Veteran producer George Avakian is a legend on the American music scene. He’s produced best-selling albums by Duke Ellington, Benny Goodman and Louis Armstrong, and he was the first producer to record a music festival—the Newport Jazz Festival in 1956. In 1940 Avakian, then a student at Yale University, managed to convince Colombia Records to reissue a collection of Armstrong’s Hot 5 and Hot 7 recordings. Many early jazz recordings were, by then, long out-of-print; the masters buried in vaults at recording companies. In spring 1940 Avakian changed that. The president of Colombia Records invited George to make himself at home in the company vaults. He was allowed to select out-of-print masters he thought worthy of reissue. Some of these masters had never been released. The first set of Colombia’s “Hot Jazz Classics” George Avakian produced was called King Louis. Soon to follow were definitive collections of the music of Bix Beiderbecke, Bessie Smith and Fletcher Henderson.


In a Riverwalk Jazz phone interview with George Avakian from his home in Riverdale, NY, he describes the process of discovering never-before-issued material in the Colombia vaults and comments about the enthusiasm of jazz recorded in the 1920s compared to present day recordings:


“The main thing is that there wasn’t any self-consciousness because there were no magazines, no publicity outlets to tell these musicians they were so great or anything like that, and there was no competition. Musicians were not voted on in polls and that sort of thing. What they played was just what they wanted to play. As a result, the basic enthusiasm the musicians had is preserved right there in the recording studio.”


Long after Bix Beiderbecke’s death, his friends would recall the cornetist’s utter lack of humor when it came to music. Maybe that’s why he kept it simple when he had to come up with a name for the six-man band he put together for a recording date in October 1927. No Hottentots, no Whoopie-Makers, just his pals from the Frankie Trumbauer Orchestra. He called his small recording group, Bix and His Gang. That session produced three sides, “At the Jazz Band Ball,” “Royal Garden Blues” and “Jazz Me Blues.”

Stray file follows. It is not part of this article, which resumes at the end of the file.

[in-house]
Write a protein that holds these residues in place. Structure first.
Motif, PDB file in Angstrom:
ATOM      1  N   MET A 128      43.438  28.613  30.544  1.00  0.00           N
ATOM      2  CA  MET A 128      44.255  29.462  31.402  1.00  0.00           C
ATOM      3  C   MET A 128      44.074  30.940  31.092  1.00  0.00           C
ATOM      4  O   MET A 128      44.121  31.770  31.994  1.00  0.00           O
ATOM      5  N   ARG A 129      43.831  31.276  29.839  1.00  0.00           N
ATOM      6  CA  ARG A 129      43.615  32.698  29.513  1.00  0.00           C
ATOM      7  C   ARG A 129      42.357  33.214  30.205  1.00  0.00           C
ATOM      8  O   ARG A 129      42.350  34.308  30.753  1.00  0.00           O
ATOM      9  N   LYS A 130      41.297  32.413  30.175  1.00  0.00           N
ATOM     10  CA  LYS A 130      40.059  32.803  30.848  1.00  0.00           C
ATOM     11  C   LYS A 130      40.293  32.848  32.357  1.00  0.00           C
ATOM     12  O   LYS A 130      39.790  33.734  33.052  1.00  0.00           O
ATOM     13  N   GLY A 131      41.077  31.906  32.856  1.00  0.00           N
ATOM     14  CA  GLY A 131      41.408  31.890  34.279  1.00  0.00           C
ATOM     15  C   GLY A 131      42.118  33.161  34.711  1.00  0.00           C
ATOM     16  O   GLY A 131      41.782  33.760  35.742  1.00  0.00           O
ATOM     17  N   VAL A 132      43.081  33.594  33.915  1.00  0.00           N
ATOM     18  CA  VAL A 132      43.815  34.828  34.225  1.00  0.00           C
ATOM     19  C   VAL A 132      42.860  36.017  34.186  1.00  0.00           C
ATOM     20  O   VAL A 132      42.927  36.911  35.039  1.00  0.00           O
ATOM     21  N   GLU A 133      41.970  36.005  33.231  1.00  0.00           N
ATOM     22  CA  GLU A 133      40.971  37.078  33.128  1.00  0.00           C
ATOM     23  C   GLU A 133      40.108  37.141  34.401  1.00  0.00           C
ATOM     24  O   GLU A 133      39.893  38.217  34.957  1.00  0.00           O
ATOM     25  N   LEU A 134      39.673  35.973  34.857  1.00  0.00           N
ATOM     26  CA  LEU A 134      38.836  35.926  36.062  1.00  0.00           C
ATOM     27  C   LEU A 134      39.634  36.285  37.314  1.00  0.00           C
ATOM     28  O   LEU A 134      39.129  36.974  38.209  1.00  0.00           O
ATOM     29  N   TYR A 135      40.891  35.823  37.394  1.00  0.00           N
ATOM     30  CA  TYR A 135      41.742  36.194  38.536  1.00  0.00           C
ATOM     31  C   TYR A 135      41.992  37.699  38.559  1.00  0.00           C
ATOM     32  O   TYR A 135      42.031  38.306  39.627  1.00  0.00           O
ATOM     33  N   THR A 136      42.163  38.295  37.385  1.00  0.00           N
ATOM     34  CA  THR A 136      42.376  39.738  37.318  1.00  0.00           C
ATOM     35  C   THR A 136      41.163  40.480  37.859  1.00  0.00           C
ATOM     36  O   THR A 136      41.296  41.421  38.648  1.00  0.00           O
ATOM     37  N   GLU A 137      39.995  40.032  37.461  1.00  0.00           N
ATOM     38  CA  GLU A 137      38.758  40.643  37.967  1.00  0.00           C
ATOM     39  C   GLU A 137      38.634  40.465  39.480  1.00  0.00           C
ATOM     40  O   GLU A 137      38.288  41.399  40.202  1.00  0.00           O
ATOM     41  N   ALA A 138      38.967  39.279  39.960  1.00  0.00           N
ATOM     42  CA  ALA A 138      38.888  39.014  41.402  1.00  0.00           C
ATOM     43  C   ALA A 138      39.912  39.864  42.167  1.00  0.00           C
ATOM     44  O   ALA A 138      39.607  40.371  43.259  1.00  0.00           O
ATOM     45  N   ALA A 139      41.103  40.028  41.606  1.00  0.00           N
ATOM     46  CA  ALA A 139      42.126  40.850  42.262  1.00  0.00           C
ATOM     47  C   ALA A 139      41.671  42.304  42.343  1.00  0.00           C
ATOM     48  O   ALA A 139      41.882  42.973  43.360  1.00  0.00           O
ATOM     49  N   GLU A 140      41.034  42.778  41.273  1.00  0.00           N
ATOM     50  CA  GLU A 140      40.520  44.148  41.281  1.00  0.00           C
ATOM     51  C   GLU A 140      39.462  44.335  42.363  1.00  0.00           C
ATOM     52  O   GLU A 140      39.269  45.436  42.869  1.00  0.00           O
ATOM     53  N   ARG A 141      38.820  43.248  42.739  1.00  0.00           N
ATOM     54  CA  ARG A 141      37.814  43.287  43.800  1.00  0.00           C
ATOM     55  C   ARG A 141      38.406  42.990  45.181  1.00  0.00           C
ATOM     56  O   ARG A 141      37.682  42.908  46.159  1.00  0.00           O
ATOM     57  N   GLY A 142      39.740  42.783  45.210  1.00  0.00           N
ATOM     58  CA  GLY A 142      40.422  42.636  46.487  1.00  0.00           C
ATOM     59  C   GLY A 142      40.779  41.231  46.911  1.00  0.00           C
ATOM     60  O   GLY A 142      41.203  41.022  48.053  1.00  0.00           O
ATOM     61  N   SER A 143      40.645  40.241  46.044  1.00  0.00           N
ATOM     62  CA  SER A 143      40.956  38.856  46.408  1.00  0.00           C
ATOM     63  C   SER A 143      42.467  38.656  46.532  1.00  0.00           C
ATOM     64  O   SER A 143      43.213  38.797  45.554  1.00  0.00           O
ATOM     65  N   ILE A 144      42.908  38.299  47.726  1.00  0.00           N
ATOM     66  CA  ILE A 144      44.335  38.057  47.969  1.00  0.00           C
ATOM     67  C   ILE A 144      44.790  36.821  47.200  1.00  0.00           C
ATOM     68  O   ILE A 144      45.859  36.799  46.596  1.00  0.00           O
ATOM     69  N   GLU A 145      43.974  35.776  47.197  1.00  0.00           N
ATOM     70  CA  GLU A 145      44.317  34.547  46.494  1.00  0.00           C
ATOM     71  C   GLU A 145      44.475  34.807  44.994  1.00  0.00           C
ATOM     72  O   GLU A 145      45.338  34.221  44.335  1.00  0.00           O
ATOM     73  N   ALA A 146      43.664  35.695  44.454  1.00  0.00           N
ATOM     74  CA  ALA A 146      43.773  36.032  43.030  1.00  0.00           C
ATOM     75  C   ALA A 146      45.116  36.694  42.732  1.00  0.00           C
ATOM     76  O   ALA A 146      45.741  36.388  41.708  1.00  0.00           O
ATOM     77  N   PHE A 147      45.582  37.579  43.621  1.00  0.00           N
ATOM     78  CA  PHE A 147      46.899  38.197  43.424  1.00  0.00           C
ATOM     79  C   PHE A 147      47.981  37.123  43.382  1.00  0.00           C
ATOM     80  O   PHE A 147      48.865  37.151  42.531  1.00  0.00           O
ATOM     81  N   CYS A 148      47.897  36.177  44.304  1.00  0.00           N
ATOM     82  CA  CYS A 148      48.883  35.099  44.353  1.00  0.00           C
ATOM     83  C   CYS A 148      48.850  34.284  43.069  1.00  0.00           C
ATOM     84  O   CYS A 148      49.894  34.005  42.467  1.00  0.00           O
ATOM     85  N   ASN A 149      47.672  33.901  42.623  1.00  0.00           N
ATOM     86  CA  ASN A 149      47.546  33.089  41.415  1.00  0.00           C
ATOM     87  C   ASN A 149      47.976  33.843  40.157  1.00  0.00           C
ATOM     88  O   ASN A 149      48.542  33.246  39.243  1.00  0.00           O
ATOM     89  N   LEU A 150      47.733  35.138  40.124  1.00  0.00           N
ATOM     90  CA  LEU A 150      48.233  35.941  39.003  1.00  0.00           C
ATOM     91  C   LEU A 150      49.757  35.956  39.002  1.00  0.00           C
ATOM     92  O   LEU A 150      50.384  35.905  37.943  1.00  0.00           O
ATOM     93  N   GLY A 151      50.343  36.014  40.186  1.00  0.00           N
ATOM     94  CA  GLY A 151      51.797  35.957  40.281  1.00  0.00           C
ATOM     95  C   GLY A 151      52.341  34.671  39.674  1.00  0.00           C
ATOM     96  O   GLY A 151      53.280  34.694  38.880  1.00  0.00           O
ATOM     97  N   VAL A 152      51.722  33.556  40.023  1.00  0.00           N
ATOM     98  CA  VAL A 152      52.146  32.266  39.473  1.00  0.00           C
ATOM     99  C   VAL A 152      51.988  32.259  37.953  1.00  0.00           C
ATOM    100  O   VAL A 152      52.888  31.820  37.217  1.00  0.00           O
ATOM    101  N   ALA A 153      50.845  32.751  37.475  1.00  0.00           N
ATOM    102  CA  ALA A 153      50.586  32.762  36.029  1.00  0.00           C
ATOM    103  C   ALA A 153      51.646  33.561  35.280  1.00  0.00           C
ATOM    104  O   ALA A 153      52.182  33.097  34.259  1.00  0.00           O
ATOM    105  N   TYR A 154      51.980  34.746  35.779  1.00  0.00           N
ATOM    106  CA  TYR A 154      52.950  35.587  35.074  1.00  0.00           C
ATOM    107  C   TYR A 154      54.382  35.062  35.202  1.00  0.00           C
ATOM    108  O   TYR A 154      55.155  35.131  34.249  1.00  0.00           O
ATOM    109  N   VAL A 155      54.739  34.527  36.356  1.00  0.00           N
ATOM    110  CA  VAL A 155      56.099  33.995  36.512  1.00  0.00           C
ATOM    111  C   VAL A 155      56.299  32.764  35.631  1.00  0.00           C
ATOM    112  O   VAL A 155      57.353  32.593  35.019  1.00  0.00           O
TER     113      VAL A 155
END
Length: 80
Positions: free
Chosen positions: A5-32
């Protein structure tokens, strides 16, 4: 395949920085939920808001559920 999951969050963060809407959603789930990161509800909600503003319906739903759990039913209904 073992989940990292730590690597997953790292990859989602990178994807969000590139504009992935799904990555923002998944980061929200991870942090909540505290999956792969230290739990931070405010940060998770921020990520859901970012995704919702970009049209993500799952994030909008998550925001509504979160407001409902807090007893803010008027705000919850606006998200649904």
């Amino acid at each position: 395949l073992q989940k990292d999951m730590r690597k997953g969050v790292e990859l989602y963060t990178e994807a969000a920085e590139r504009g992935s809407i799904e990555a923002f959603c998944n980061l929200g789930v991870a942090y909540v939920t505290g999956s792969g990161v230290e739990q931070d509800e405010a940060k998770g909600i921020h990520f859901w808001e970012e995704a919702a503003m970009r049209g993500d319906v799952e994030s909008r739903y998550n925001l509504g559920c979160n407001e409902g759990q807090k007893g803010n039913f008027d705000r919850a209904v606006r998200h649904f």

"At The Jazz Band Ball" record label. Image in public domain.

At the start of that session, it didn’t look promising. The guys were tired, grouchy and a little hung over. At one point Bix and trombonist Bill Rank got into a scuffle in the middle of recording one of Bix’s solos. In spite of the tension, the recordings came off as relaxed, musically intelligent examples of small ensemble jazz. Bix’s solos have taken on legendary status, inspiring many. On this broadcast, The Jim Cullum Jazz Band performs two titles made by Bix Beiderbecke’s small recording groups, “Goose Pimples” and “I Need Some Pettin.'”


For music lovers who didn’t hear the great hot jazz bands of the 1920s in person, these small group recordings of the era offer a passport to another universe—just as Bix Beiderbecke was captivated listening to the Original Dixieland Jazz Band on a Victrola in the family parlor in Iowa. Or, how lives were changed in a Chicago soda shop as Jimmy McPartland and the rest of the Austin High Gang sat listening for hours to the New Orleans Rhythm Kings on a windup record player.


Jim Cullum recalls his own experience in the 1950s as a  teenager in San Antonio working his way through his father’s collection of old 78-RPM recordings. Jim’s discovery of these small group hot jazz recordings led him to take up the cornet. His growing interest in the music led him to form the Happy Jazz Band and the Landing Jazz Club with his father in 1963. His life’s work, The Jim Cullum Jazz Band has now been performing for over half a century.



Photo credit for Home Page:Jelly Roll Morton's Red Hot Peppers. Photo courtesy of